The European Union's Policy on Criminal Procedure
HL 288, Thirtieth Report of Session 2010-12
- House of Lords - European Union Committee
- TSO (The Stationery Office)
Increasing mobility within the EU will lead to more EU citizens in the criminal justice system of another Member State, either as defendants or victims. This is likely to involve dealing with the consequences of traumatic events in a foreign language in the context of a very different legal system.
Until recently the EU has done little to protect the rights of defendants and victims caught up in crime with a cross-border dimension. However the Lisbon Treaty has opened the way for this to be put right and two Roadmaps of planned legislation are now in place for defendants and for victims.
In this Report 'The European Union's Policy on Criminal Procedure (HL 288)' the Committee looks at the early Roadmap proposals and examines the potential benefit that they can possibly bring. Also examined is the disadvantage of potential disruption to diverse and sensitive national criminal law systems.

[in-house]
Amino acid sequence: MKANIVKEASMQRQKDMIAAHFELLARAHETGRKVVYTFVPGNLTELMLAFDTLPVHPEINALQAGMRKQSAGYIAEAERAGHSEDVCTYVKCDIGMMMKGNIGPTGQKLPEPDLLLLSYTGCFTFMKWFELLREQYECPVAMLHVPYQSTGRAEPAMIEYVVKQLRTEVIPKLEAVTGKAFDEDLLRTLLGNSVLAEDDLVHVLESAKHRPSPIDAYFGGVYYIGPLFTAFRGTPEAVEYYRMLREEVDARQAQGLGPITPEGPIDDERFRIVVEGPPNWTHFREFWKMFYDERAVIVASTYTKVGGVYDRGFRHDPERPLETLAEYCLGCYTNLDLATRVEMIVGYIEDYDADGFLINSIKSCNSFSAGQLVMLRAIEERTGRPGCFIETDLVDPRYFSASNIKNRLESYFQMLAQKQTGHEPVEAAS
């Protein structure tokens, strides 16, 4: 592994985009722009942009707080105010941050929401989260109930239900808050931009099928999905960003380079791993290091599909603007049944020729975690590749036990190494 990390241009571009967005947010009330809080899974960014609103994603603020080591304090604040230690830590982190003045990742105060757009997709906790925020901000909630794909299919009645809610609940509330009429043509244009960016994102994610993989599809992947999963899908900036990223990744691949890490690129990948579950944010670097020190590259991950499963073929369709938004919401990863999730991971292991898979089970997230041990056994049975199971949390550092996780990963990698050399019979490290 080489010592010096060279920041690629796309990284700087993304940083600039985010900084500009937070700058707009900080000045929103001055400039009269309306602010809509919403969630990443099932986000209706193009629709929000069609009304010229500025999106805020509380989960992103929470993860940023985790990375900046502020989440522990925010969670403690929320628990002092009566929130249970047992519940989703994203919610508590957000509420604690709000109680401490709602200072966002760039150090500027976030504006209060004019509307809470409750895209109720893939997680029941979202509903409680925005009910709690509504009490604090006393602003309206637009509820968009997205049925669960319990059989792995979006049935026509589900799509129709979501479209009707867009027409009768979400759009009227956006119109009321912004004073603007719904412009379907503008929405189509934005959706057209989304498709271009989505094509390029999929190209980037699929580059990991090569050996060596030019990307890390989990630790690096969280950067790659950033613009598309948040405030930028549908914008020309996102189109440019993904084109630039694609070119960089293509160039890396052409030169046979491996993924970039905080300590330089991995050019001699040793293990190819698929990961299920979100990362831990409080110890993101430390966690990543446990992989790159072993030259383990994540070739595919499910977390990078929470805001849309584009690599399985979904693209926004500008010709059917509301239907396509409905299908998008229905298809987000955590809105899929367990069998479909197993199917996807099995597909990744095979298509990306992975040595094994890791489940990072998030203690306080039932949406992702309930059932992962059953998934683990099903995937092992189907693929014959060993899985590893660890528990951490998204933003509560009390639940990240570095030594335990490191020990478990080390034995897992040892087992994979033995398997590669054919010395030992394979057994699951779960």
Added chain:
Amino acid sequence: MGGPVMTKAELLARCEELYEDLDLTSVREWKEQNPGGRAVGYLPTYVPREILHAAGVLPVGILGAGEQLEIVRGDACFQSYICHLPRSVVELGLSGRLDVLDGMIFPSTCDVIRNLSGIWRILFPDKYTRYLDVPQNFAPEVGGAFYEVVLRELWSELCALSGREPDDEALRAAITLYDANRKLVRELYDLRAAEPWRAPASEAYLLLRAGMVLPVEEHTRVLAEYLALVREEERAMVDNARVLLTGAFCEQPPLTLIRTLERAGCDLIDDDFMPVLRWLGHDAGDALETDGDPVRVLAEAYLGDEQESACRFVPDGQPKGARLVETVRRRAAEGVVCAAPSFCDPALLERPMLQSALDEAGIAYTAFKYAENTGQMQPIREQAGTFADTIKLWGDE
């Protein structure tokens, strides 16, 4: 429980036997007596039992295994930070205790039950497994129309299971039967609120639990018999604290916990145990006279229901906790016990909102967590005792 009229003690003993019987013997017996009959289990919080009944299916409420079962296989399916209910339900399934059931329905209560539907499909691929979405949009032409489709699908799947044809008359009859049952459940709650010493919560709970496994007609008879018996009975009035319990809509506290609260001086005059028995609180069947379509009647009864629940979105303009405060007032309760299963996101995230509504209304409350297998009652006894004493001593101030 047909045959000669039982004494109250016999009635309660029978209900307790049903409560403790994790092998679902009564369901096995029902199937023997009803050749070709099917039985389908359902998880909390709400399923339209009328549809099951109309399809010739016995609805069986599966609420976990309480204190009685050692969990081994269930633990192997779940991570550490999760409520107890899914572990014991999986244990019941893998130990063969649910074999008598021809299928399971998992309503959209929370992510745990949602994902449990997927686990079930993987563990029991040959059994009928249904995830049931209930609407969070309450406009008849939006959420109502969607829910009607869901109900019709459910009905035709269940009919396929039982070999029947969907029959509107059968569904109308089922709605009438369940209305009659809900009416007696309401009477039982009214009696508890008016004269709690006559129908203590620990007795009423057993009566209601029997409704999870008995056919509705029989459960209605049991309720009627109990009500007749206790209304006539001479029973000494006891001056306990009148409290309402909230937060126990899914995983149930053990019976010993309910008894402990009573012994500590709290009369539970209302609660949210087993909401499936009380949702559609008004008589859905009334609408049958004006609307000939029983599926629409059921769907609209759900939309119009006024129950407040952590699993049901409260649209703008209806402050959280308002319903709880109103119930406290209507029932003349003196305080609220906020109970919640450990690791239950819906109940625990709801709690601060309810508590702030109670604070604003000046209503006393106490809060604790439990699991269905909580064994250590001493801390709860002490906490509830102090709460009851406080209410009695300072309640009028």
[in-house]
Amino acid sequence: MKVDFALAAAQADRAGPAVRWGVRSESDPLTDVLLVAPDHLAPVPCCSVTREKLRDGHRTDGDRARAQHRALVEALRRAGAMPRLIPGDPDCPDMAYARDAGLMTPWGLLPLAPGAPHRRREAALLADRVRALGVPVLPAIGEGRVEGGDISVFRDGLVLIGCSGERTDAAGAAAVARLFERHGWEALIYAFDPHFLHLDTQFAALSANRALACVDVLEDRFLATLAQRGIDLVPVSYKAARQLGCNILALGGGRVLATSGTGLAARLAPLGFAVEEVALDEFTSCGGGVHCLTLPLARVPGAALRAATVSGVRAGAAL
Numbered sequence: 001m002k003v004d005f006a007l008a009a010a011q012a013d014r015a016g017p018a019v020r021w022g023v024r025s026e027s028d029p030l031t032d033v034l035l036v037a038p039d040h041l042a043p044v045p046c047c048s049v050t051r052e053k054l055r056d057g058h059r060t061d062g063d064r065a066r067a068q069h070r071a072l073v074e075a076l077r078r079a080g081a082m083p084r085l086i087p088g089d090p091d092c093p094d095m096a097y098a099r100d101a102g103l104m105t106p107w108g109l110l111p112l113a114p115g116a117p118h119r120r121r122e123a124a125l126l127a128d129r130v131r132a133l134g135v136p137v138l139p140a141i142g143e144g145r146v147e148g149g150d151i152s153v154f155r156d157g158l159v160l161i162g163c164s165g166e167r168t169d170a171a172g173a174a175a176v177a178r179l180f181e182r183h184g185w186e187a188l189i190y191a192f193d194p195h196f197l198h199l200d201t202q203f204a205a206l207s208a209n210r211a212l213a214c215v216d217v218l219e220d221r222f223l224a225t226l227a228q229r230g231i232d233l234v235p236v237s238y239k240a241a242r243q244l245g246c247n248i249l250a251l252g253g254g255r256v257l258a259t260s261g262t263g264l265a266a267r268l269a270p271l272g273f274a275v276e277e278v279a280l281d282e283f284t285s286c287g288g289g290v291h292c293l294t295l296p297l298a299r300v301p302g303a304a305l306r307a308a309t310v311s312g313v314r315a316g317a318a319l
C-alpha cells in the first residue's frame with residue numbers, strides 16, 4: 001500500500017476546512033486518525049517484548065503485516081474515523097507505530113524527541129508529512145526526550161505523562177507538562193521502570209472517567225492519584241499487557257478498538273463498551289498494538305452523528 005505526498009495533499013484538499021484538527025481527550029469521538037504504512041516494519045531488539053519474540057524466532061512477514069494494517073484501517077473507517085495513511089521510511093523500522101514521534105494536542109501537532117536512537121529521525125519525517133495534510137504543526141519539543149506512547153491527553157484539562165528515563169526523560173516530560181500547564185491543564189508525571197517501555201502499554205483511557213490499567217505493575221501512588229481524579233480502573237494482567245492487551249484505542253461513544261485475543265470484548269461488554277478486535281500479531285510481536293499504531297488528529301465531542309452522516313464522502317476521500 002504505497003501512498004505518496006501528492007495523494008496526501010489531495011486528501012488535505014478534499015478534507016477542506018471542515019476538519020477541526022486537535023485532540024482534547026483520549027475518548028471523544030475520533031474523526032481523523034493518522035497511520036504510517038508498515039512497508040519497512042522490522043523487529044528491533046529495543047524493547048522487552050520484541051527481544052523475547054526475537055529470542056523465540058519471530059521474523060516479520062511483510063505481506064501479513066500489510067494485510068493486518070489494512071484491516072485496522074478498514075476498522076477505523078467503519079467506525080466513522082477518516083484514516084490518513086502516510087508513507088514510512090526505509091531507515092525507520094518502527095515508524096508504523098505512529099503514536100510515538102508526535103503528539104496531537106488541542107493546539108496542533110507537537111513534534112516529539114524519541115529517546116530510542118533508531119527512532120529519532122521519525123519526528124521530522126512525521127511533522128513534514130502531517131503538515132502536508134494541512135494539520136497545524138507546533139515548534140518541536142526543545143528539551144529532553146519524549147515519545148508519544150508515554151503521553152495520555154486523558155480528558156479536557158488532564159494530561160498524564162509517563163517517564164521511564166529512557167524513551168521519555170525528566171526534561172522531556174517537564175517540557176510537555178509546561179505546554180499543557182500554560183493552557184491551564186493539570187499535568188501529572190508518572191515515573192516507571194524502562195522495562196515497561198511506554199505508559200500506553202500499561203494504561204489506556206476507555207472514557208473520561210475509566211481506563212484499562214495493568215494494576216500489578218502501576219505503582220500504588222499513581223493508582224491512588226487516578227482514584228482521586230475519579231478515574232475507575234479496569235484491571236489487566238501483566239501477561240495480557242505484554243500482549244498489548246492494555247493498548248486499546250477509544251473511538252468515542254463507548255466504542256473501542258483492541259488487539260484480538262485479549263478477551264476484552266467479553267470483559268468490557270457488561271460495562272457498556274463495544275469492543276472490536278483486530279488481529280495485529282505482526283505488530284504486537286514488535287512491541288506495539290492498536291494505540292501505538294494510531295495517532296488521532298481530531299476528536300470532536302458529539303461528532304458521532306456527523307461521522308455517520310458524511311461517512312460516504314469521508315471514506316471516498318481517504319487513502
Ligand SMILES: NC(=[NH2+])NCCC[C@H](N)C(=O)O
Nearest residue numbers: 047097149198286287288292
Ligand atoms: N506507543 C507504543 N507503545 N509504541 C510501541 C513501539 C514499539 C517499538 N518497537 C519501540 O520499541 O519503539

There is significant benefit to be gained from EU legislation setting minimum rights for defendants and victims, particularly for British citizens travelling within the EU. However, those minimum rights must be firmly grounded in the norms of international law, to minimise the risk of disrupting the UK criminal law systems.
Although the Commission is looking towards a more expansive EU criminal law policy the Committee considers that the Roadmap legislation should be put in place and its impact assessed before moving forward any further. It encourages the Government to take a positive approach in principle to exercising the UK opt-in to Roadmap legislation.
|Format||Paperback||Published||26 Apr 2012|
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